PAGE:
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During the nineties Verso set up an office in New York, and secured its reputation in a number of established and emerging fields. Major advances were made by Giovanni Arrighi and Immanuel Wallerstein in historical sociology, Fredric Jameson and Franco Moretti in cultural and literary theory, Robin Blackburn in the history of slavery, Robert Brenner in economic theory, Roberto Unger in social theory, Peter Gowan and Gopal Balakrishnan in international relations, Ernesto Laclau and Chantal Mouffe in political theory, and with David Harvey's rethinking of geography and capital. A new edition of the Communist Manifesto, on the 150th anniversary of its original publication, quickly became a global bestseller. Perry Anderson's essays on world politics, the trajectory of intellectuals, and the decline of Europe—in A Zone of Engagement and English Questions—became important reference points, not just for the Left.
A challenge to the veracity of multicultural icon: Many professors say they will stick by Rigoberta Menchú’s memoir. Chronicle of Higher Education 45 (19): A14–A16.
This paper and the consultation itself will discuss Central America’s regional approach for providing protection and assistance to political refugees in the 1980s and 1990s through the Cartagena Declaration and the International Conference on Central American Refugees (Spanish acronym, CIREFCA), since these efforts pursued cross-border and regional cooperation on protection issues. It also recognizes the region’s current efforts to address the protection challenges associated with mixed migration within a general environment of violence and crime, such as through the Regional Conference on Migration.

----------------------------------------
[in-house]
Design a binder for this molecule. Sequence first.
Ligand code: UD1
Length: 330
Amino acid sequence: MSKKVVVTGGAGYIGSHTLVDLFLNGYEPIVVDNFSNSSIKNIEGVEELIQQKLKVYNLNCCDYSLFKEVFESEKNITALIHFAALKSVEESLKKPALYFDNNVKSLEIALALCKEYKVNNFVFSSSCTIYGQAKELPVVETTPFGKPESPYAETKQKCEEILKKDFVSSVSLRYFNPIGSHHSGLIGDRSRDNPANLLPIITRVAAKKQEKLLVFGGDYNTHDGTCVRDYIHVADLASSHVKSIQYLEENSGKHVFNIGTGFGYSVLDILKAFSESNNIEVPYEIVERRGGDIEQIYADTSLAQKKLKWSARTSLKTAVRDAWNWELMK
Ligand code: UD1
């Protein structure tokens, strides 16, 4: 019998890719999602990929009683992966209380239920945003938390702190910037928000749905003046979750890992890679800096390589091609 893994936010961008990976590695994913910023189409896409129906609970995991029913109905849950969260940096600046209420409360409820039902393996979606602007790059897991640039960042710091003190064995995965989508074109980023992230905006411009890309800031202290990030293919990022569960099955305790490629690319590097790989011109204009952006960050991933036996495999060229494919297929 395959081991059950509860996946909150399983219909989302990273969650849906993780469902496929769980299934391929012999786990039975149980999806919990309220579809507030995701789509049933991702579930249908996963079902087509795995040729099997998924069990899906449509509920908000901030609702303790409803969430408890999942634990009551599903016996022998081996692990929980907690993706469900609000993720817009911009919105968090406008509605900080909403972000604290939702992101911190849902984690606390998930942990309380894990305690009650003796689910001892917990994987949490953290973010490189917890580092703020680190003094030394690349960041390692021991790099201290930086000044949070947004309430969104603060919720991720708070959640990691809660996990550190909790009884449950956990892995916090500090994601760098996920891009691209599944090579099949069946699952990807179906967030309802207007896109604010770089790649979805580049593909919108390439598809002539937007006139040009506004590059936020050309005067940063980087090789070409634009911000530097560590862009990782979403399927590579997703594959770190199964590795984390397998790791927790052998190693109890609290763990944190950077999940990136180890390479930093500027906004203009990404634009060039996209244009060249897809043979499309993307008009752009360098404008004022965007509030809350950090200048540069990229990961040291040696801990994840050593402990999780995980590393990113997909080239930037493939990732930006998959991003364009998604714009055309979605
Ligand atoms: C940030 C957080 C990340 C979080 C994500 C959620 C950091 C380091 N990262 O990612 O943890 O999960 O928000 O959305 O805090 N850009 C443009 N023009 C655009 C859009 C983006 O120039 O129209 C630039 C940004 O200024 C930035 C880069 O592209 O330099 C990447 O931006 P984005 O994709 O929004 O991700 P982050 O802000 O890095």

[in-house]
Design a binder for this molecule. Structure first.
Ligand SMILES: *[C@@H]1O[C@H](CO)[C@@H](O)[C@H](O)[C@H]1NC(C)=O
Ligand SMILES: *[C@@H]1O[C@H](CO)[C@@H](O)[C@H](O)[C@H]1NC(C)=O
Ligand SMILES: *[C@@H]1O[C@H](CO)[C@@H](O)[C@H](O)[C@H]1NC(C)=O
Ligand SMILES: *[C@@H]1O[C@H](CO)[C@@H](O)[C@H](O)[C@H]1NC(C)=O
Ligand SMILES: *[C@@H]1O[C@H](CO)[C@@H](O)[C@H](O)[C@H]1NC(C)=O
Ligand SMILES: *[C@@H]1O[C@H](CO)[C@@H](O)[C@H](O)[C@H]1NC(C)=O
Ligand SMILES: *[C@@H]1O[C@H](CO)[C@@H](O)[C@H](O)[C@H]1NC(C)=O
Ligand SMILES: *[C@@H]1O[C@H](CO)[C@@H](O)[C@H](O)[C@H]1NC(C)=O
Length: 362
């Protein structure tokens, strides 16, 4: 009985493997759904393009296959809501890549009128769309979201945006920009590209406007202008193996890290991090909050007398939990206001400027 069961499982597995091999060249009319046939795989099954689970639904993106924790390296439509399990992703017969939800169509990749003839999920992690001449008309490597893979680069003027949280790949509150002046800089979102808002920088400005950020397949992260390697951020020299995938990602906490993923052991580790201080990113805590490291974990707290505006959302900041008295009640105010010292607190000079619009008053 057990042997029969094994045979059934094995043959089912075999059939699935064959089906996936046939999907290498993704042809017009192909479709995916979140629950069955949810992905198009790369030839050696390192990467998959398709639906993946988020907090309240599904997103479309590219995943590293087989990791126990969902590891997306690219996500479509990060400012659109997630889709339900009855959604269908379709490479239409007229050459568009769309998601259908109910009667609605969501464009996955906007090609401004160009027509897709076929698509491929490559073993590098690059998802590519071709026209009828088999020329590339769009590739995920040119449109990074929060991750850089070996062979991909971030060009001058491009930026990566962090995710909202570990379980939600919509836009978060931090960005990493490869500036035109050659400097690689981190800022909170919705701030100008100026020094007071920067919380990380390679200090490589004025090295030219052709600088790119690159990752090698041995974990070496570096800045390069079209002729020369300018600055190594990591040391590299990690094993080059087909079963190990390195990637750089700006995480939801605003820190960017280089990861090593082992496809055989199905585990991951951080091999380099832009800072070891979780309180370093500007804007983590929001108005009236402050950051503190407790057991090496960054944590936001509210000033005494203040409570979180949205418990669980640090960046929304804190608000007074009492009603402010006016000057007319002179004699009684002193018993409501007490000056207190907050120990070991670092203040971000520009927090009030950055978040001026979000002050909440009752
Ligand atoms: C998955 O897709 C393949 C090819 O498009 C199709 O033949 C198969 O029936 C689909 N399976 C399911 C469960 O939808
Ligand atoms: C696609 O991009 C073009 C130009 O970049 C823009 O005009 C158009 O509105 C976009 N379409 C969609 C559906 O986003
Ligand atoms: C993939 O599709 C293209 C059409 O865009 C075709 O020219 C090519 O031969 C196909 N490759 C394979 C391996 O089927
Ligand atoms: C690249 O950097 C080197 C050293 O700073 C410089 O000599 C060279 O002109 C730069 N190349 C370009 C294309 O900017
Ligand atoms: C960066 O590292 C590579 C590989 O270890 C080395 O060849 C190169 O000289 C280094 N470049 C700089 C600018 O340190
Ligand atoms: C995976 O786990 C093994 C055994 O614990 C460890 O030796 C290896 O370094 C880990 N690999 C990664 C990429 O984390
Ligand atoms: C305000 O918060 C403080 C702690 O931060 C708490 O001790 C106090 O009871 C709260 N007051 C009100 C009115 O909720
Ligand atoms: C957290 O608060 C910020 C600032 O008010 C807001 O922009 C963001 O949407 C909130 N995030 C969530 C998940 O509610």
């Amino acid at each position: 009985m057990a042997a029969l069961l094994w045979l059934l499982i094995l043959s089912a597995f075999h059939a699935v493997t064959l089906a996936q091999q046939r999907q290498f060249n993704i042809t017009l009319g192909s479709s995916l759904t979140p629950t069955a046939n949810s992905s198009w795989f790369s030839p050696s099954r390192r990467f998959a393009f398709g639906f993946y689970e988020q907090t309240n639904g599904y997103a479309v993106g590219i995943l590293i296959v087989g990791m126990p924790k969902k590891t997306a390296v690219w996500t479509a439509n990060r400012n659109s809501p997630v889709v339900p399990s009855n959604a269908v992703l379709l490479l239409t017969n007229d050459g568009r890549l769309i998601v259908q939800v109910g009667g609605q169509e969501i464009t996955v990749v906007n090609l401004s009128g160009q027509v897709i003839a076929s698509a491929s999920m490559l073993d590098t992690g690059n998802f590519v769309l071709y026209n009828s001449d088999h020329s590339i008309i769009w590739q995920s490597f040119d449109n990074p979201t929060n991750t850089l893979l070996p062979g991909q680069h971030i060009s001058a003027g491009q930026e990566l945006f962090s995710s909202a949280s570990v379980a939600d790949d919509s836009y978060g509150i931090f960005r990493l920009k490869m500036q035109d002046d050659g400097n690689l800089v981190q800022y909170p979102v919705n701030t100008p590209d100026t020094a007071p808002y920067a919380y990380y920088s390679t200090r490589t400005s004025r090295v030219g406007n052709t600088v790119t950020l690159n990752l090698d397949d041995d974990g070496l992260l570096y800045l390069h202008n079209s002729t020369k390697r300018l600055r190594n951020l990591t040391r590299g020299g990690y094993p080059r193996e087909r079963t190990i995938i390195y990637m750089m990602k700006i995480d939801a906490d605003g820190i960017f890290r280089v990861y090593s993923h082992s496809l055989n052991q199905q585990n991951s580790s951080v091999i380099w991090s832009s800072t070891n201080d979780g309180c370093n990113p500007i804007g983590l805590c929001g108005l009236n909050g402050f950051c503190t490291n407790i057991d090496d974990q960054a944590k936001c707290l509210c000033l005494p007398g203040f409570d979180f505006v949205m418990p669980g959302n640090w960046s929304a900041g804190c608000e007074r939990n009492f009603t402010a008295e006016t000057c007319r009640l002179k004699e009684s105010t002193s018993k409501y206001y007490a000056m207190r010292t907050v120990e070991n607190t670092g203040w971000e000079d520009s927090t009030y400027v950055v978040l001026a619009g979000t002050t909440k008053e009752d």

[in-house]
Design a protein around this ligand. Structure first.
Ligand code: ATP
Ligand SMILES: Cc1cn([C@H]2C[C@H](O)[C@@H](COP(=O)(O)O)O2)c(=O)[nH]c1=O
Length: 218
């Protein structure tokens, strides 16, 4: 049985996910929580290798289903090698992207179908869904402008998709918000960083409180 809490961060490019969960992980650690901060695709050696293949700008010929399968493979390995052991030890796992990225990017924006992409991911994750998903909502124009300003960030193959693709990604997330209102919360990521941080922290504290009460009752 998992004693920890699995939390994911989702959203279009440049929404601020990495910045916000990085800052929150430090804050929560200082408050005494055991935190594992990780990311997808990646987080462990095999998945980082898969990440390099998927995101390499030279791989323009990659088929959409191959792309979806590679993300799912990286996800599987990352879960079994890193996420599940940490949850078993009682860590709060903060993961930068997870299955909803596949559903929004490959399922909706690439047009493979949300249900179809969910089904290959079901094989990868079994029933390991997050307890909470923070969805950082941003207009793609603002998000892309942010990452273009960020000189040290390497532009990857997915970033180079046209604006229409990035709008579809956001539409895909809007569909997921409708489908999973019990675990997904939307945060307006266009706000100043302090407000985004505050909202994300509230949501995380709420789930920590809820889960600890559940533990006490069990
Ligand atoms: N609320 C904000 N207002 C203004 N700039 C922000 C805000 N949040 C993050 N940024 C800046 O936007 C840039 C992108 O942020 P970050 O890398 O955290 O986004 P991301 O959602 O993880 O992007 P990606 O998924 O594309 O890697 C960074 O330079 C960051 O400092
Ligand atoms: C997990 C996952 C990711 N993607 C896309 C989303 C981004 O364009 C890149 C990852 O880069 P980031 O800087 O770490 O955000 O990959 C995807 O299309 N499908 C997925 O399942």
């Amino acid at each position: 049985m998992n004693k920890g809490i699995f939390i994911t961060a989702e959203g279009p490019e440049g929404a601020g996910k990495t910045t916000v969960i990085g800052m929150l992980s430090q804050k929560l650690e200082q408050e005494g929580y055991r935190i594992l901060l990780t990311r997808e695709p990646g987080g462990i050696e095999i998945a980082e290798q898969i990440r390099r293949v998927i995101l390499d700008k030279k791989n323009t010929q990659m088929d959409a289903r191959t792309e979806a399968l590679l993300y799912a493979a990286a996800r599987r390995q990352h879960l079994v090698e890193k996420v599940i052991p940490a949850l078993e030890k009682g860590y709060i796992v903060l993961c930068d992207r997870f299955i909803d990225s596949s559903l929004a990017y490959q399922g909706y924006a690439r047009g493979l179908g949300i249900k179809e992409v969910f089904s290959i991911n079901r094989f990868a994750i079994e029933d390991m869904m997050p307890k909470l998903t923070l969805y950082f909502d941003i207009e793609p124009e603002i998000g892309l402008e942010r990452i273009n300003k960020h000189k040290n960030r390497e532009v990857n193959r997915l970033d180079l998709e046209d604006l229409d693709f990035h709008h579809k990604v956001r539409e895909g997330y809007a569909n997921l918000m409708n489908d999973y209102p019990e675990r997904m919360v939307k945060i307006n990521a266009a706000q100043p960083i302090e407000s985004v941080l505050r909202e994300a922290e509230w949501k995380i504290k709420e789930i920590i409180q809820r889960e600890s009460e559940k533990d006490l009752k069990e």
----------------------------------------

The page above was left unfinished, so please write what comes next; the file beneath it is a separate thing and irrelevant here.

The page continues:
More than 100 Participants from Central American countries, Mexico, Colombia, Haiti and the Dominican Republic, representatives from the Nansen Initiative, as well as representatives from regional and international organizations, civil society, and research institutions, met in San Jose, Costa Rica from 2-4 December 2013 for the second Nansen Initiative Consultation on “Disasters and Cross-Border Displacement in Central America: Emerging Needs, New Responses.” The majority of participants recognized cross-border displacement in the context of disasters as a very important issue for the region. They welcomed the Nansen Initiative, which is a state-led, bottom-up consultative process intended to build consensus on a protection agenda addressing the needs of people displaced across international borders in the context of natural disasters, as well as the effects of climate change.
Conclusions from the consultation took the form of an outcome document, which was presented to the Government of Costa Rica by a drafting committee, comprised of delegates from each State as well as representatives from civil society and academia, on the last day of the Consultation. The outcome document contains conclusions and recommendations that require action within five technical areas (Chapter II.2). A summary of the panel discussion can be found in Chapter II.3. Participants at the workshop expressed their commitment to bringing the outcomes of the Regional Consultation to a political level in order to enhance national, regional and international efforts to address the needs and challenges associated with cross-border displacement in the context of natural hazards, as well as the effects of climate change.
They demolished houses, smashed pottery and other possessions, scattering flowers over them. Amid the ruins they built a brand new city — a sparkling ceremonial center with pyramids, plazas, temples, ornamented stairways and ball courts, presided over by a king and royal court. On the temple terrace they mounted snarling masks of the Jaguar Sun God.
As environmental degradation induced by natural disasters has become more frequent in the last decades, the impact of environmental changes on migration has created new, unprecedented challenges. Compared with other natural disasters such as earthquakes and tsunamis, climate-related events caused the most displacement in 2010, forcing 38 million people to move (IDMC, 2012). Migration is a strategy used to adjust to changing environments (Haque, 2010). Most scholars acknowledge a spectrum between voluntary and involuntary movement, given multiple factors influencing movement (Hugo, 1996). In this article, we consider that in general environmental migration refers to a primarily voluntary movement in which the decision-making process is subjected to various factors – including non-environmental ones-, while displacement is largely forced or involuntary, with environmental constraints acting as primary factors.